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John Oakhurst in “The Outcasts of Poker Flat” by Harte Essay

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Updated: Nov 21st, 2021

John Oakhurst is one of the brightest characters depicted in “The Outcast of Poker Flat”. The novel is about four protagonists who were exiled by the townspeople because of their immoral behavior and habits. Having been declared the refuse of the society, John, the drunkard Uncle Billy, and two prostitutes were forced to search for a better life. I was attracted by the description of Mr. Oakhurst, a gambler whose life was like a game, on the one hand, and a person who was able to overcome difficulties and accomplish courageous deeds, on the other hand.

John Oakhurst was always in control of his own life so that he never believed in fate. His calmness and courage made me reconsider his actual moral values. The story justifies that he was rather a brave person who was not afraid to face the reality of being too much of a gambler to accept it. John considered his life like a game that divided people into leaders and losers. This is proved by many details described in the story. Thus, he revealed his audacity when he together with the travelers was trapped in the show storm. Being in a critical situation, he was the first who tried to calm down and cheer up the others. If to consider this character more properly, I could not but accept that John can be also regarded as the embodiment of nobility and modesty. These phenomenal traits were revealed in many situations that he successfully overcame. His sympathy with Mother Shipton and other outcasts was the brightest testimony of his goodness. Hence, irrespective of the townspeople’s prejudiced outlook about morality, he might be regarded as an ideal image of the actual leader who was always in control of the situation.

To add to his noble features, Mr. Oakhurst did not drink, since the presence of mind and his impassionate character did not afford him to do that. His moderate character is not typical of a gambler who got accustomed to risky situations. That is why, I feel that John Oakhurst was a complex person who, like all people, had both the very vices and cardinal virtues. In addition, he was reluctant in showing his sentiments in public, which, I believe, is the quality of a real gentleman but not of a card shark.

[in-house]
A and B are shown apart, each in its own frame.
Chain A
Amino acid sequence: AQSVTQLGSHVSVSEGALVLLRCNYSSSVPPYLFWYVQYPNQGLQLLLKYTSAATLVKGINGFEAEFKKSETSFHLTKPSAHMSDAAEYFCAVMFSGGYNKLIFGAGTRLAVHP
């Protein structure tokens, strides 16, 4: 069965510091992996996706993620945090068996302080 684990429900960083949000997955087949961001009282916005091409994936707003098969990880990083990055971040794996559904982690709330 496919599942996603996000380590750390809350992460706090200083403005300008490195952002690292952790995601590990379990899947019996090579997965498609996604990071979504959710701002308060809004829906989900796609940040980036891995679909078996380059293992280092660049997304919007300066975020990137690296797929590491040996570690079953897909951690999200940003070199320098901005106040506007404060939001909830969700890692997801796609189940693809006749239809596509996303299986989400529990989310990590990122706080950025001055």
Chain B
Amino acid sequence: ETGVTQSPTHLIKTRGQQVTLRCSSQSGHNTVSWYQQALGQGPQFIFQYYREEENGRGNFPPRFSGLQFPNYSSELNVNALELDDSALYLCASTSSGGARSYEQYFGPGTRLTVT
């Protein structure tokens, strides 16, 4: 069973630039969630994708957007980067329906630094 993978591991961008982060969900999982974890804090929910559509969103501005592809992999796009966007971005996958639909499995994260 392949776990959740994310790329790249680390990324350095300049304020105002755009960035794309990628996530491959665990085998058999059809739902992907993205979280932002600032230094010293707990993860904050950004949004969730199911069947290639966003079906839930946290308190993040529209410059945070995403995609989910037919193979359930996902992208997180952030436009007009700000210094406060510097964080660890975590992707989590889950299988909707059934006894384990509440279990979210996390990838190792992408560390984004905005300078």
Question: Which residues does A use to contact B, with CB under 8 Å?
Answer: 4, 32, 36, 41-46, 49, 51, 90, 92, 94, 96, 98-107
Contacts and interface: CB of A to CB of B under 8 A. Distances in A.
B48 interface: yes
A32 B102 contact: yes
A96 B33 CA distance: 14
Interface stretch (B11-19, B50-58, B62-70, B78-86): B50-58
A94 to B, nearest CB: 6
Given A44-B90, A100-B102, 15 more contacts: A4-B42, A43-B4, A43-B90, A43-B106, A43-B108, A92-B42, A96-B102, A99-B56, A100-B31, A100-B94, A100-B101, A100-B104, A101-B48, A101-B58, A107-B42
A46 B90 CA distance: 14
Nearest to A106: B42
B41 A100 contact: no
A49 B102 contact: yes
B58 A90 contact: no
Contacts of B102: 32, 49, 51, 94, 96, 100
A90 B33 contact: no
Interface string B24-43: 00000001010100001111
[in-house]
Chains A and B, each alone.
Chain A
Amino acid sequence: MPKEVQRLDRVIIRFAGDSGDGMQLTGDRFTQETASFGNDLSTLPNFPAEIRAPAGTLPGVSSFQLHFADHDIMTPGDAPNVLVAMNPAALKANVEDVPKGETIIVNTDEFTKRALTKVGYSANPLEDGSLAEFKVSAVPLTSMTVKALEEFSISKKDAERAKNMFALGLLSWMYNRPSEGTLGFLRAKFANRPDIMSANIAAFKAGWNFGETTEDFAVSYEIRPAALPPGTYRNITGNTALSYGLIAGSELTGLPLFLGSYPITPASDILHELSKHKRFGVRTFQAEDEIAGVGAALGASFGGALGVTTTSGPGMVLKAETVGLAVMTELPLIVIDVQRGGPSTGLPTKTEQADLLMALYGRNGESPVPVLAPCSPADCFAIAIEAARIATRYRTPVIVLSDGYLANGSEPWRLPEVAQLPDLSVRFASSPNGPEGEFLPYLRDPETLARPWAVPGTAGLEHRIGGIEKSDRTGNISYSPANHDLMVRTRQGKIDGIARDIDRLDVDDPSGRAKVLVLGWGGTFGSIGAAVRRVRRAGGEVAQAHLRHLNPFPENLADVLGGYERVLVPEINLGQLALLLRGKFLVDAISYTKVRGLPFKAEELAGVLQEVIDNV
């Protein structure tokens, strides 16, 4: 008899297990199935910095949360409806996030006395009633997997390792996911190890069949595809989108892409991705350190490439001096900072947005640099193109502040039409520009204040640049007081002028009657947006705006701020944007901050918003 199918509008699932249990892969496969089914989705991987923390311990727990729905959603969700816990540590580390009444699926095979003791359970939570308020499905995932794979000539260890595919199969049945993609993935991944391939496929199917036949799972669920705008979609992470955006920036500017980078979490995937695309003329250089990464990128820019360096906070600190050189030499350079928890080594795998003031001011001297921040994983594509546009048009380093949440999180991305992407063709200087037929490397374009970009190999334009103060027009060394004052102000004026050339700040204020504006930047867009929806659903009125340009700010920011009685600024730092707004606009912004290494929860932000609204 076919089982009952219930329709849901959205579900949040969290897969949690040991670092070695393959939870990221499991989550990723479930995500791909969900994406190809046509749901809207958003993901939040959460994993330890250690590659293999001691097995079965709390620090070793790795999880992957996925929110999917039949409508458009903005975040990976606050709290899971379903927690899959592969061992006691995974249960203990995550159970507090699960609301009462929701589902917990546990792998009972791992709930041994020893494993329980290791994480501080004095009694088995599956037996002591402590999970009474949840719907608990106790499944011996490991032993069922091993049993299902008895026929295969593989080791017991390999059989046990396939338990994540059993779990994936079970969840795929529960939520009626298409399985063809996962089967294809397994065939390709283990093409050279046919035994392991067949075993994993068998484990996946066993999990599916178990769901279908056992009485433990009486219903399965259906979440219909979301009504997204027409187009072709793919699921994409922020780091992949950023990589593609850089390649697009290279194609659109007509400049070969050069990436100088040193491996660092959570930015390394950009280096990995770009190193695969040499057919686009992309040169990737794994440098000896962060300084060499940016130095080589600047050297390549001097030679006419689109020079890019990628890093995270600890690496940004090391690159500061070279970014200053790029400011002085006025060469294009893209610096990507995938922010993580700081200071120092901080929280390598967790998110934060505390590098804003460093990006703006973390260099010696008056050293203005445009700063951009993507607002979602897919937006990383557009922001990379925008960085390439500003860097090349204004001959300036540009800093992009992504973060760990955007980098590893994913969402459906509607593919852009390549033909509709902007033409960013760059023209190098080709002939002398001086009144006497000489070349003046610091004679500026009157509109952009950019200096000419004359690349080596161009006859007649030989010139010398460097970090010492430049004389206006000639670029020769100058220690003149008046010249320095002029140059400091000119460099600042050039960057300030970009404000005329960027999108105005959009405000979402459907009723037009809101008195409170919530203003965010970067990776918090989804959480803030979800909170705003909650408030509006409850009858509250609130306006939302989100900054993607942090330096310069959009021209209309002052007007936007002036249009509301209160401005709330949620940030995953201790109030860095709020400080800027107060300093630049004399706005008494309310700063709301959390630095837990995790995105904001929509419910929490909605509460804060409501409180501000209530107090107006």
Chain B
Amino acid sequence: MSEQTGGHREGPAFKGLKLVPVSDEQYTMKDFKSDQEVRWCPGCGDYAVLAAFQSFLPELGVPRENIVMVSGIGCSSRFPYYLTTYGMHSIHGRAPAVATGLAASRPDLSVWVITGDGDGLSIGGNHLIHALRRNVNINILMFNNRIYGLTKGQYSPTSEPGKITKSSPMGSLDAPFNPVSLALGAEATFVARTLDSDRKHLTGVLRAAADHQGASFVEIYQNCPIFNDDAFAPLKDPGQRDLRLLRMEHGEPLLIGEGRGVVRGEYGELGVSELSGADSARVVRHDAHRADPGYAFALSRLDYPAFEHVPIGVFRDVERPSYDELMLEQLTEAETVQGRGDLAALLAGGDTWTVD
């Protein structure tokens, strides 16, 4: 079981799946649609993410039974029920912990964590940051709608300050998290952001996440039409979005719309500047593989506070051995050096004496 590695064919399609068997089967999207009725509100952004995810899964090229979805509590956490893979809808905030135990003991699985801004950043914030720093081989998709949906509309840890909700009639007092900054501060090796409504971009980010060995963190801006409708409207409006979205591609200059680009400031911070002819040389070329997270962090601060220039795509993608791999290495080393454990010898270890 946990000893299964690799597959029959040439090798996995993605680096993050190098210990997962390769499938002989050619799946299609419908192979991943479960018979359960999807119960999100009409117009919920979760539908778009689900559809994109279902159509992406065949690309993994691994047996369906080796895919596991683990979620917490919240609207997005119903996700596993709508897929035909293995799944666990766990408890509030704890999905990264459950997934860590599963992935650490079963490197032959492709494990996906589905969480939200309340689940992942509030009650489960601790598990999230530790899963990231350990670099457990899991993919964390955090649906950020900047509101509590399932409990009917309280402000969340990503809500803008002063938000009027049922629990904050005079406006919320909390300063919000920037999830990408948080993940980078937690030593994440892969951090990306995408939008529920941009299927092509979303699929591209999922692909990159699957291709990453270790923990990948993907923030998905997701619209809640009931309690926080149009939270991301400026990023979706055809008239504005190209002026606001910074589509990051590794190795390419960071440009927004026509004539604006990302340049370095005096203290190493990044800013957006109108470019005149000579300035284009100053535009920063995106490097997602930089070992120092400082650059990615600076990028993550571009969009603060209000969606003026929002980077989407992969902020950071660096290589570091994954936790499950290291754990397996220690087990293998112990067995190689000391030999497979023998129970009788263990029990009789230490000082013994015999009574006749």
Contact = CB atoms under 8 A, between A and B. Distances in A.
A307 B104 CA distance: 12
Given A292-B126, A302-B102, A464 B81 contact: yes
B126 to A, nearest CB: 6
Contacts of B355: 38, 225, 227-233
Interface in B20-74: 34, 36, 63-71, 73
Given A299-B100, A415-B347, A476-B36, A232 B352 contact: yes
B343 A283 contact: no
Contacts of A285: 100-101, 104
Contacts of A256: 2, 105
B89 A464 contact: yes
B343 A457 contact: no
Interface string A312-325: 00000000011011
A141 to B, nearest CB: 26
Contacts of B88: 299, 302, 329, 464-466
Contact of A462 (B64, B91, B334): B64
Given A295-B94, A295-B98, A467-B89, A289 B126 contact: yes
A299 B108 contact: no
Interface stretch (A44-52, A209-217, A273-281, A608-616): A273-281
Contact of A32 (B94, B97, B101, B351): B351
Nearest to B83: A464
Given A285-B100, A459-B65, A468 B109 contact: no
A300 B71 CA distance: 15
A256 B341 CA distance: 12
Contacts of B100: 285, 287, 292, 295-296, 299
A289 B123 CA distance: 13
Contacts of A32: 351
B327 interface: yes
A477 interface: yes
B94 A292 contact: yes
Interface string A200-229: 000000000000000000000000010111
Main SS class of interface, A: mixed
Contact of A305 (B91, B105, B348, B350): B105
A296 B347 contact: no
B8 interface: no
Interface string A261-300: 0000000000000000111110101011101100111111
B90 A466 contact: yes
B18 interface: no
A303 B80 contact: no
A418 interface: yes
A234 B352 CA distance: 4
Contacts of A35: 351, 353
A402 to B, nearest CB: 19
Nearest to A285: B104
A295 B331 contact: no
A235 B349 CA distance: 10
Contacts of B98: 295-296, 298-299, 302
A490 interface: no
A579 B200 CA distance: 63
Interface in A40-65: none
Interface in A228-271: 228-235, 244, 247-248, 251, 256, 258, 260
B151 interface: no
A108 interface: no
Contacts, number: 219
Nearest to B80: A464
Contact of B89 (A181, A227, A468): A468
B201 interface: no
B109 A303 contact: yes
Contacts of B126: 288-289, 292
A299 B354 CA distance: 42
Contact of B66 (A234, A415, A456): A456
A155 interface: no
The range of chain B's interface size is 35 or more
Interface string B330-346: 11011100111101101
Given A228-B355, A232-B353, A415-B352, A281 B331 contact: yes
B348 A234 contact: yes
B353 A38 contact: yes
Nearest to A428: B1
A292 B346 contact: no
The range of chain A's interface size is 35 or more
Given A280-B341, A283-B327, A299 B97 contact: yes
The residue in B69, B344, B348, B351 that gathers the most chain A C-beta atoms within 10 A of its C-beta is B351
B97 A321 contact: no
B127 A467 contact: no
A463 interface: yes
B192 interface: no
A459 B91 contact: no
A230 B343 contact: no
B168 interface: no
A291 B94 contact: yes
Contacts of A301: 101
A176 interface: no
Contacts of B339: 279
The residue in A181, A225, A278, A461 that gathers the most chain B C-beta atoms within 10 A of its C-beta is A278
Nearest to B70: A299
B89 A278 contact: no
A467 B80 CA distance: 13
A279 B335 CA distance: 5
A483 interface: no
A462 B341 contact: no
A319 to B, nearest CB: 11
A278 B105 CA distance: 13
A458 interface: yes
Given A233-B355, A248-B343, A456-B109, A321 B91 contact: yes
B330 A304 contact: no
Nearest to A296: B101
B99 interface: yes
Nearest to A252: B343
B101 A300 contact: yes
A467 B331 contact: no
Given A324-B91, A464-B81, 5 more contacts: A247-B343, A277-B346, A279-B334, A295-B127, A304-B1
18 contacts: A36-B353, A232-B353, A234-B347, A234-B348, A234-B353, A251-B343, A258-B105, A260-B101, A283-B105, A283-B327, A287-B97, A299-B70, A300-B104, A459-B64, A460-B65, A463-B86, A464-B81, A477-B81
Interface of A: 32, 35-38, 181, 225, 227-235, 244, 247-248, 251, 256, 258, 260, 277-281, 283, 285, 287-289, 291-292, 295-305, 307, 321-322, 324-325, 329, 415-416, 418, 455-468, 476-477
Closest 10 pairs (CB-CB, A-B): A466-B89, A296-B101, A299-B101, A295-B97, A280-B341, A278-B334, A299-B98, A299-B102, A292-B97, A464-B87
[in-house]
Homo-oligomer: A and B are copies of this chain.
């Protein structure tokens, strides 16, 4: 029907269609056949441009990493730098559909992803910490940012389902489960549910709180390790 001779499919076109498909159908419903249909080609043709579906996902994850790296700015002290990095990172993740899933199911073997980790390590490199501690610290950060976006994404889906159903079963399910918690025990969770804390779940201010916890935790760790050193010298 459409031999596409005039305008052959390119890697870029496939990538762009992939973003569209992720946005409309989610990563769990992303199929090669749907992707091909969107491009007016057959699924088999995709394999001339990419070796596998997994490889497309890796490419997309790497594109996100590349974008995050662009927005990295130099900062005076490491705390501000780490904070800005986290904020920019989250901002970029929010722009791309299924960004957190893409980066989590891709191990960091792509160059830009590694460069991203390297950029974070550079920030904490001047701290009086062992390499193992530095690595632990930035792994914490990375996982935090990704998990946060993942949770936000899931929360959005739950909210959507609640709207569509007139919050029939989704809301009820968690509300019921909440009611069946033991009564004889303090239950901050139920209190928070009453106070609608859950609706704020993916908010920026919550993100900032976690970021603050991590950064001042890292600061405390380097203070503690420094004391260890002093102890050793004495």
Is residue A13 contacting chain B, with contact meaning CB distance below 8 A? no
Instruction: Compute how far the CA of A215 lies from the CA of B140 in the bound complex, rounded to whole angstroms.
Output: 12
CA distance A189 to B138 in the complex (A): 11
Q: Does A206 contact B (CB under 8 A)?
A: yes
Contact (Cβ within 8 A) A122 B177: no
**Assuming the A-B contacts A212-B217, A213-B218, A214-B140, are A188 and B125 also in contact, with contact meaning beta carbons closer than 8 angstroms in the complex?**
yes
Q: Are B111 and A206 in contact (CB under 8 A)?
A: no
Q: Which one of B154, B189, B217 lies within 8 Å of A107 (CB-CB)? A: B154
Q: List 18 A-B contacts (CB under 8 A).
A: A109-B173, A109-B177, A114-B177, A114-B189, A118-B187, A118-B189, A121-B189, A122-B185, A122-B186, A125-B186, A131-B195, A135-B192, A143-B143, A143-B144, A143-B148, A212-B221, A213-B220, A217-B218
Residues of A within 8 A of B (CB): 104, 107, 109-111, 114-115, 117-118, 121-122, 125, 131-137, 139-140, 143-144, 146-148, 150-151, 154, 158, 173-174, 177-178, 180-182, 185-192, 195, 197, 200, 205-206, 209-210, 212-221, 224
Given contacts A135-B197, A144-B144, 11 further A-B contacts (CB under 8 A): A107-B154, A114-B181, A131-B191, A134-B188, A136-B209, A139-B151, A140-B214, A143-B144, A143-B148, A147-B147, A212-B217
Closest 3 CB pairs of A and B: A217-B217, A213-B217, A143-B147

Further, John may be also regarded as a person of strong character. Being a gambler, he has a wild card character since he was empowered to control his own destiny and the destinies of others. Thus, his decision to save Penny was a kind of a calling of his fate. The strength of his character did not allow him to reveal his feelings otherwise, it would mean a disaster for him. Therefore, he committed suicide since he had no other way out. To show his weakness and his inability to monitor his life was unacceptable. At first sight, the death might also constitute his incapability to show that there were events that were beyond his power. However, I feel that he died because of pride and of unwillingness to recognize that he “struck a streak of bad luck”. Therefore, on the one hand, Mr. Oakhurst may be considered as the strongest and weakest character at the same time. The story ends with a symbolic phrase that characterized his major human qualities:

And pulseless and cold, with a Derringer by his side and a bullet in his heart, though still calm as in life, beneath the snow, lay he who was at once the strongest and yet the weakest of the outcast of Poker face. (Harte, 44).

He was the strongest one because he decided to sacrifice himself for the sake of others and the weakest one since he shot himself instead of waiting for other arrivals to come.

The story, in which John was doomed to be the refusal of the society, testifies that the townspeople lost a veritable notion about cardinal virtues and formed their attitudes relying on their first impressions. In this respect, the author intends to prove to their readers that appearances are deceptive. Considering Oakhurst and another outcast the “improper persons” proves that their morality left much to be desired. So, John was the only one who was aware of the change of the moral atmosphere in Poker flat. I believe that his death was a kind of protest against its narrow local prejudice. Moreover, the fact of escape differentiated the travelers from the ordinary and primitive townspeople who were subjected to predictability and stereotypes.

Based on the above, I can judge, that Mr. Oakhurst could be regarded as the picture of morality rather than the refuge of the society. The story shows the opposite and breaks the outlooks set by the townspeople whose narrowness defined their attitude toward others who did not conform to their norms. The travelers described as exiles were the ones who managed to cognate the real human morale and John was the person who initiated the changes and who was keen on revealing the actual norms of morality.

Works Cited

Harte, Bret. The outcasts of Poker Flat.US: Dramatic Publishing, 1968.

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